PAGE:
We cover this on the upcoming episode of Experimental Brewing. Here's the explanation...
The term “Broad Spectrum” when applied to a sanitizer means that it will attack a wide variety of different types of microorganisms, including gram-positive bacteria (Listeria and Staphylococcus), gram negative bacteria (E. coli and Salmonella), viruses, fungi (both yeasts and molds), as well as many parasites. Broad-spectrum germicides act on microbial membranes, cellular enzymes, DNA, and protein. Iodine-based sanitizers have been used as antimicrobial agents since the 1800s and have a broad spectrum of activity They are a powerful sanitizer in strong acidic aqueous solutions. They are generally used at 12.5 to 25 ppm available iodine, and can cause staining on some surfaces, especially plastics.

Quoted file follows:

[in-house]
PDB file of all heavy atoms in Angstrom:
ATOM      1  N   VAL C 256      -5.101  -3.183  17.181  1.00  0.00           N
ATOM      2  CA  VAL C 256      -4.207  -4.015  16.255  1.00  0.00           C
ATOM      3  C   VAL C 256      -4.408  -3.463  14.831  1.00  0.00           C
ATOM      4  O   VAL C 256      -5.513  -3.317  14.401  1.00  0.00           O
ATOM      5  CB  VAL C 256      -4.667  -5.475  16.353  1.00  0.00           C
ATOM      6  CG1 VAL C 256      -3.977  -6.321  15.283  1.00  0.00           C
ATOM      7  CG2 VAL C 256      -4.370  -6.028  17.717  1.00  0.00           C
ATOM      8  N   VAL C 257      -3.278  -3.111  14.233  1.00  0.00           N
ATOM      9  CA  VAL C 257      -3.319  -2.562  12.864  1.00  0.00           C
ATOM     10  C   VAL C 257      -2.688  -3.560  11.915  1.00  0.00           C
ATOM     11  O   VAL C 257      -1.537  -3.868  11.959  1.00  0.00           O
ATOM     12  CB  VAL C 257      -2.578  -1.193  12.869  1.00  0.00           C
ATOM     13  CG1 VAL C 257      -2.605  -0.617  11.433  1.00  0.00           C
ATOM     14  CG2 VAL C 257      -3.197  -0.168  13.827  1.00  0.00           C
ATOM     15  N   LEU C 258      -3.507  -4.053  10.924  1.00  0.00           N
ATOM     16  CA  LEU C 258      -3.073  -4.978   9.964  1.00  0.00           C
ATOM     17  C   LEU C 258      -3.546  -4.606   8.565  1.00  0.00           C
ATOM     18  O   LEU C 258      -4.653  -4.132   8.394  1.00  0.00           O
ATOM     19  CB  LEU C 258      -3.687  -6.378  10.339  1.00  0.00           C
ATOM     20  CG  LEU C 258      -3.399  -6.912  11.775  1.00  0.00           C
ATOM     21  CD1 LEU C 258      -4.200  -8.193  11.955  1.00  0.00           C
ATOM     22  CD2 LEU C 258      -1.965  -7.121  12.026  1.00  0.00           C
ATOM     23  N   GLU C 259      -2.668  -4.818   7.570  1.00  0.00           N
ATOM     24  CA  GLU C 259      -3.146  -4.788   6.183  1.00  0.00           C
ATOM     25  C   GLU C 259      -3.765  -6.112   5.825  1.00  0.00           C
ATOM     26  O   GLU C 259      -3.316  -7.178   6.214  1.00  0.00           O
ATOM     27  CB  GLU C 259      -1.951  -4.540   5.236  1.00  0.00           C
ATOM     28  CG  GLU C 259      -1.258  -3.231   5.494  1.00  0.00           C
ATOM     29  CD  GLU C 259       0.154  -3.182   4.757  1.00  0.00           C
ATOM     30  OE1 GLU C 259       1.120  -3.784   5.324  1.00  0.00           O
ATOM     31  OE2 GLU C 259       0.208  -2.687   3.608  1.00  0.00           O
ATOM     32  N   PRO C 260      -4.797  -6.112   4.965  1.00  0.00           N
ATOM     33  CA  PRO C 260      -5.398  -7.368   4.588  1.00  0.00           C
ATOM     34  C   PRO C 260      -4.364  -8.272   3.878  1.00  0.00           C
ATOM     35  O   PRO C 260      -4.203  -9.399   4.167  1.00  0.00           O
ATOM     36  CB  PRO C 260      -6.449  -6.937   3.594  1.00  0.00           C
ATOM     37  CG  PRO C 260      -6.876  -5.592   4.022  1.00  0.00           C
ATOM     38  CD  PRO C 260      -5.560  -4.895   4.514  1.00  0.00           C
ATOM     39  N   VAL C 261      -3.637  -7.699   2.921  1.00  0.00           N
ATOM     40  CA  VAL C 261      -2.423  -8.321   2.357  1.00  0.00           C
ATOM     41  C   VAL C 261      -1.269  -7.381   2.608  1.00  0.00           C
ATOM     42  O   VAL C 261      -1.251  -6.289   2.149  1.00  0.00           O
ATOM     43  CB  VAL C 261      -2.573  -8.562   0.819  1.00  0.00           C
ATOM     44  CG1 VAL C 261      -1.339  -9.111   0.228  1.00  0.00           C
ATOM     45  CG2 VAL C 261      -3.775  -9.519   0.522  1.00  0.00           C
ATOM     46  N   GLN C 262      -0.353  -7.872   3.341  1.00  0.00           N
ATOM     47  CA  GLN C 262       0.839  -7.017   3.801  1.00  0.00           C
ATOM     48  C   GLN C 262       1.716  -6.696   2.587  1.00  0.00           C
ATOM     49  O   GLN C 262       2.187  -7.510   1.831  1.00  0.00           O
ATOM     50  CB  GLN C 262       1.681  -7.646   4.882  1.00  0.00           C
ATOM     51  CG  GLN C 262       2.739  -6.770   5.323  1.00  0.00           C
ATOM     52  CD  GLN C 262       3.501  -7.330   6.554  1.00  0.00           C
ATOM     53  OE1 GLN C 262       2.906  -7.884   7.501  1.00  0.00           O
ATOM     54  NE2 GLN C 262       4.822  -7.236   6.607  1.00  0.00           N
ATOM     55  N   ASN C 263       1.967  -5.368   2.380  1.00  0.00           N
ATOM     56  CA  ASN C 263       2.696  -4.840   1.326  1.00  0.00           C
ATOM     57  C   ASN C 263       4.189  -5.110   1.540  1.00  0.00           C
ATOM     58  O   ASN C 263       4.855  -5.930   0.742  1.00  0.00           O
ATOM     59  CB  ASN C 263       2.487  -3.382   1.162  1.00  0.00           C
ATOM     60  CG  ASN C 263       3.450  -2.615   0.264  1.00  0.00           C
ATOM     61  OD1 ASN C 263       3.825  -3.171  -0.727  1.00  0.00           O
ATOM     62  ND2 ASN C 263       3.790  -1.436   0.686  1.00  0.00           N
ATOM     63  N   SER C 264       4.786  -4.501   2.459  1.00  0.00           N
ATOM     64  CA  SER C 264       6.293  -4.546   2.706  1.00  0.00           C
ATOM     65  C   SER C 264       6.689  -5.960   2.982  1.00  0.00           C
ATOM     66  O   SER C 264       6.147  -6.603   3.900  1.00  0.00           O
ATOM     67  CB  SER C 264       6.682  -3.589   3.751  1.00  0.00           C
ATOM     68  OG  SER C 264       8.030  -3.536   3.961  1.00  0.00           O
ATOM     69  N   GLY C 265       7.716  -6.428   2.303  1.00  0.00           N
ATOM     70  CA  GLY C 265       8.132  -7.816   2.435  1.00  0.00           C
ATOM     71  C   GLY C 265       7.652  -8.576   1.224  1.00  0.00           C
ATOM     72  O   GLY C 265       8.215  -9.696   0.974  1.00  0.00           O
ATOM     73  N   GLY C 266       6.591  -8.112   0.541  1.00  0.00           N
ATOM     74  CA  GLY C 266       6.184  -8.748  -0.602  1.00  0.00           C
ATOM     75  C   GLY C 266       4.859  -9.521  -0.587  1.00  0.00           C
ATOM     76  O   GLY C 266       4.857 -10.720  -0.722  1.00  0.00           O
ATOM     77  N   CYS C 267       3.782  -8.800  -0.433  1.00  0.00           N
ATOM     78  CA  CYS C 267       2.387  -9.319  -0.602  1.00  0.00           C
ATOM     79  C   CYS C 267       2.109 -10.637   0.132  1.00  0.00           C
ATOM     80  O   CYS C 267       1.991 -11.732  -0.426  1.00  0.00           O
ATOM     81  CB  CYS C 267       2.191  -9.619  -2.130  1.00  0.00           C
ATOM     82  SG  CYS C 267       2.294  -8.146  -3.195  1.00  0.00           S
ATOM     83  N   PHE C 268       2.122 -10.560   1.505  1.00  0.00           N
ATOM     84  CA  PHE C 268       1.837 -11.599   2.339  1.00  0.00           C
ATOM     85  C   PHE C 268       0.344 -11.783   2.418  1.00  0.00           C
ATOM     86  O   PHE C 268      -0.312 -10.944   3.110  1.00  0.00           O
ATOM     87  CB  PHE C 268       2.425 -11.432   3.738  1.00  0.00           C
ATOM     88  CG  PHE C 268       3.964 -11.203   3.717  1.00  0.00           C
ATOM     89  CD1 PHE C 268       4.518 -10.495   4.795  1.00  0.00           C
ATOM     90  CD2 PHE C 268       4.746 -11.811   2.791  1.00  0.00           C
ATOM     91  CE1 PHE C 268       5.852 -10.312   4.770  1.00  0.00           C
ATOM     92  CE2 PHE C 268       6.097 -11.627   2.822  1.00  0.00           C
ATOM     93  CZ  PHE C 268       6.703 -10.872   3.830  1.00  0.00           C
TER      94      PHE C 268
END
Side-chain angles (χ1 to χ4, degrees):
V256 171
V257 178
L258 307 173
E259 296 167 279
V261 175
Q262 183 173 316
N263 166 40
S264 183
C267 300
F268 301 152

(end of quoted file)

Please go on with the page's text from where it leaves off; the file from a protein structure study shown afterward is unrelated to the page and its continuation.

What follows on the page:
Acid-anionic sanitizers are surface-active sanitizers, but negatively charged. Formulations include inorganic and organic acids plus a surfactant. Carboxylic acids (fatty acids) are some times incorporated as well. They are unaffected by hard water or organic soils. The dual function of acid is that it can be used for rinsing and sanitizing in one step. These sanitizers must be used at low pH. Activity above pH 3.5–4.0 is minimal. Acidity, detergency, stability, and noncorrosiveness makes them highly effective. Acid-anionic sanitizers are broad spectrum against bacteria and viruses, but not very effective against yeasts and molds.
Iodophors are considered broad spectrum anti microbial vs. Star San being a being anti bacterial. The actual label for Star San lists what it is registered to kill: E Coli and Staph A – the minimum baseline for allowing a claim of being a sanitizer with the EPA. Iodophor has proven effectiveness against not only gram positive and negative bacteria, but yeast, mold, fungi and viruses and is also a sporicidal agent.